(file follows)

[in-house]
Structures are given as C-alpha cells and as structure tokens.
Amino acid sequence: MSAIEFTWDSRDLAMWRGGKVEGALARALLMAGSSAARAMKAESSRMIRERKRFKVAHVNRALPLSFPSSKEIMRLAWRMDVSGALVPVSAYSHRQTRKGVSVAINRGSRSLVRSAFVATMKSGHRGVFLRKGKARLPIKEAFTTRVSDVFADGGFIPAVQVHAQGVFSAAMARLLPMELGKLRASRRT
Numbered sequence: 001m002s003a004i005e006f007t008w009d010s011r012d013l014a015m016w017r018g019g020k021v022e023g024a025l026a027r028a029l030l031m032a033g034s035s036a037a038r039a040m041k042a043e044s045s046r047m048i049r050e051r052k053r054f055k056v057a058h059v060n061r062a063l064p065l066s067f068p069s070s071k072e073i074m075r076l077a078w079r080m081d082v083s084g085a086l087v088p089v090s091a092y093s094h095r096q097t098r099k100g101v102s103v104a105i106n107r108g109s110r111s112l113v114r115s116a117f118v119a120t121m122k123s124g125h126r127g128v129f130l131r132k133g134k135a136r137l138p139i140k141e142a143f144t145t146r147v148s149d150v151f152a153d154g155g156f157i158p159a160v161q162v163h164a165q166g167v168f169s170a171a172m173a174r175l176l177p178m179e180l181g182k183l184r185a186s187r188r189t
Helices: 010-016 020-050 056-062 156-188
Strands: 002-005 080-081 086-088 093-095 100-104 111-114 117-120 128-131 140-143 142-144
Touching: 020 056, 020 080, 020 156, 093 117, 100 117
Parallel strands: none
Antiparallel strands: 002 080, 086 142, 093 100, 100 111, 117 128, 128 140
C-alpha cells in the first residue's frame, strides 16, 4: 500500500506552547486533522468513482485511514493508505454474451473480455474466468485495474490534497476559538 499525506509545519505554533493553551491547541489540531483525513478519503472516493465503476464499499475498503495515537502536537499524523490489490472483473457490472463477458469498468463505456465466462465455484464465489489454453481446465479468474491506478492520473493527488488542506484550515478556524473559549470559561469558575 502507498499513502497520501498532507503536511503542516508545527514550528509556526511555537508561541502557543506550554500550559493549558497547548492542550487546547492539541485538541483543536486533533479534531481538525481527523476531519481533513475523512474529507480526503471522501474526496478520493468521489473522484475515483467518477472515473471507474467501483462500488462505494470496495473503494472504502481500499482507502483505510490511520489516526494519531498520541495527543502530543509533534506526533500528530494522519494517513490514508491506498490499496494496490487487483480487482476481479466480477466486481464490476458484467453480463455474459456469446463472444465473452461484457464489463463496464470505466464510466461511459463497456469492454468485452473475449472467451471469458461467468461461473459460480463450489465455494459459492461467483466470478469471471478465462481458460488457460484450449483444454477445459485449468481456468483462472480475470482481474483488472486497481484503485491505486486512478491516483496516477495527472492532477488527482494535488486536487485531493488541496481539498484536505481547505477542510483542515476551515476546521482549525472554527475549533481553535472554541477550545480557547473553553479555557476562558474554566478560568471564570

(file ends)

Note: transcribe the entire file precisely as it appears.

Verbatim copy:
[in-house]
Structures are given as C-alpha cells and as structure tokens.
Amino acid sequence: MSAIEFTWDSRDLAMWRGGKVEGALARALLMAGSSAARAMKAESSRMIRERKRFKVAHVNRALPLSFPSSKEIMRLAWRMDVSGALVPVSAYSHRQTRKGVSVAINRGSRSLVRSAFVATMKSGHRGVFLRKGKARLPIKEAFTTRVSDVFADGGFIPAVQVHAQGVFSAAMARLLPMELGKLRASRRT
Numbered sequence: 001m002s003a004i005e006f007t008w009d010s011r012d013l014a015m016w017r018g019g020k021v022e023g024a025l026a027r028a029l030l031m032a033g034s035s036a037a038r039a040m041k042a043e044s045s046r047m048i049r050e051r052k053r054f055k056v057a058h059v060n061r062a063l064p065l066s067f068p069s070s071k072e073i074m075r076l077a078w079r080m081d082v083s084g085a086l087v088p089v090s091a092y093s094h095r096q097t098r099k100g101v102s103v104a105i106n107r108g109s110r111s112l113v114r115s116a117f118v119a120t121m122k123s124g125h126r127g128v129f130l131r132k133g134k135a136r137l138p139i140k141e142a143f144t145t146r147v148s149d150v151f152a153d154g155g156f157i158p159a160v161q162v163h164a165q166g167v168f169s170a171a172m173a174r175l176l177p178m179e180l181g182k183l184r185a186s187r188r189t
Helices: 010-016 020-050 056-062 156-188
Strands: 002-005 080-081 086-088 093-095 100-104 111-114 117-120 128-131 140-143 142-144
Touching: 020 056, 020 080, 020 156, 093 117, 100 117
Parallel strands: none
Antiparallel strands: 002 080, 086 142, 093 100, 100 111, 117 128, 128 140
C-alpha cells in the first residue's frame, strides 16, 4: 500500500506552547486533522468513482485511514493508505454474451473480455474466468485495474490534497476559538 499525506509545519505554533493553551491547541489540531483525513478519503472516493465503476464499499475498503495515537502536537499524523490489490472483473457490472463477458469498468463505456465466462465455484464465489489454453481446465479468474491506478492520473493527488488542506484550515478556524473559549470559561469558575 502507498499513502497520501498532507503536511503542516508545527514550528509556526511555537508561541502557543506550554500550559493549558497547548492542550487546547492539541485538541483543536486533533479534531481538525481527523476531519481533513475523512474529507480526503471522501474526496478520493468521489473522484475515483467518477472515473471507474467501483462500488462505494470496495473503494472504502481500499482507502483505510490511520489516526494519531498520541495527543502530543509533534506526533500528530494522519494517513490514508491506498490499496494496490487487483480487482476481479466480477466486481464490476458484467453480463455474459456469446463472444465473452461484457464489463463496464470505466464510466461511459463497456469492454468485452473475449472467451471469458461467468461461473459460480463450489465455494459459492461467483466470478469471471478465462481458460488457460484450449483444454477445459485449468481456468483462472480475470482481474483488472486497481484503485491505486486512478491516483496516477495527472492532477488527482494535488486536487485531493488541496481539498484536505481547505477542510483542515476551515476546521482549525472554527475549533481553535472554541477550545480557547473553553479555557476562558474554566478560568471564570